The National School Boards Association apologized Friday night for a letter in which it said that parents who spoke out at school board meetings could be likened to “domestic terrorists.”
“On behalf of NSBA, we regret and apologize for the letter,” the organization said, admitting that “there was no justification for some of the language included in the letter.”
The letter led to Attorney General Merrick Garland issuing a memo that instructed the FBI to form a task force to investigate threats and violent behavior of parents in objection to their schools’ curriculum or policies.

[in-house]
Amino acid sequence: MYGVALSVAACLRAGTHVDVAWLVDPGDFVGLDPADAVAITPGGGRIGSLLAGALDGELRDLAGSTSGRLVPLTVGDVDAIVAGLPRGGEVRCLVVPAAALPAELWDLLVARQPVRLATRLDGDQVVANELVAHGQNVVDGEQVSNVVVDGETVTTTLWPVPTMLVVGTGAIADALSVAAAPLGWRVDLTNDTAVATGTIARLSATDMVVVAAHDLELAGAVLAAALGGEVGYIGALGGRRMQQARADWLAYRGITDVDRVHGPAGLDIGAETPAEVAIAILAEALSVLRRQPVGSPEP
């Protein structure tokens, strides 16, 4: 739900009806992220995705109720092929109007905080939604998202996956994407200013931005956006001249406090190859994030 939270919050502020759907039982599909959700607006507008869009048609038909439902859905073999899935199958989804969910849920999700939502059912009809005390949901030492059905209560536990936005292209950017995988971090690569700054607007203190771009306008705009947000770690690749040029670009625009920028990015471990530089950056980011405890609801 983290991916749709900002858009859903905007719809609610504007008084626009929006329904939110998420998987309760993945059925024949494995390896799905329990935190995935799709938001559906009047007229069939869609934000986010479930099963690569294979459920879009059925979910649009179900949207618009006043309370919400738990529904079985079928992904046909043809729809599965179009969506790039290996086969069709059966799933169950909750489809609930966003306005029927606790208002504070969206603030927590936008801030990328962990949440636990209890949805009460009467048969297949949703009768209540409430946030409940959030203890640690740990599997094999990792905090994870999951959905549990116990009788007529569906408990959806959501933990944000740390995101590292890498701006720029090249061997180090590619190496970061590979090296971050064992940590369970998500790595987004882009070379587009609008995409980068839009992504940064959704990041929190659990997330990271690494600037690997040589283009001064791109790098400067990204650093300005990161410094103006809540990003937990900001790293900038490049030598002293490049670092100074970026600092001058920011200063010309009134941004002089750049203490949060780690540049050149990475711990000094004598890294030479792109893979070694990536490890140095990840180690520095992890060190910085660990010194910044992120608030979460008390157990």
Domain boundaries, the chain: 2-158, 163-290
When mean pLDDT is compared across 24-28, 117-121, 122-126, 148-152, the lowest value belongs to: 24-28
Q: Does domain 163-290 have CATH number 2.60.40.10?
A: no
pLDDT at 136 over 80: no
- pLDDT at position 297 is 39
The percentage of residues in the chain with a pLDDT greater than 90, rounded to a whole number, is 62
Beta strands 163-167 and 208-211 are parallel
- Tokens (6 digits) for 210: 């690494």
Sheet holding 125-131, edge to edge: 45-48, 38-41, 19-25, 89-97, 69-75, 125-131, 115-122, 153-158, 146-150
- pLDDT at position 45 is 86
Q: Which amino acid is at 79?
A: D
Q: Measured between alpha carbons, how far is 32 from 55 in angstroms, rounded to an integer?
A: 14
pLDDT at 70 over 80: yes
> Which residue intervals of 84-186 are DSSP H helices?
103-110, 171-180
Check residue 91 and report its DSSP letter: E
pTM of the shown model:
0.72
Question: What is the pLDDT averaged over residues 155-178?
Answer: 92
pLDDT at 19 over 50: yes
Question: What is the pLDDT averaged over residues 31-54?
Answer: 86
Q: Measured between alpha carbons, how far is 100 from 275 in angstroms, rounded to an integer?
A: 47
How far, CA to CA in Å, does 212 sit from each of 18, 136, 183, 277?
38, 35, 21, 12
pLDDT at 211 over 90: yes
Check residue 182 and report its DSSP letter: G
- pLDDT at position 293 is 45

Garland said at a judiciary hearing in front of Congress last week that he only wanted violent threats reported, and was not looking to call parents domestic terrorists.
The “Justice Department supports and defends the First Amendment right of parents to complain as vociferously as they wish about the education of their children, about the curriculum taught in the schools,” Garland said. “That is not what the memorandum is about at all, nor does it use the words ‘domestic terrorism’ or ‘PATRIOT Act.'”
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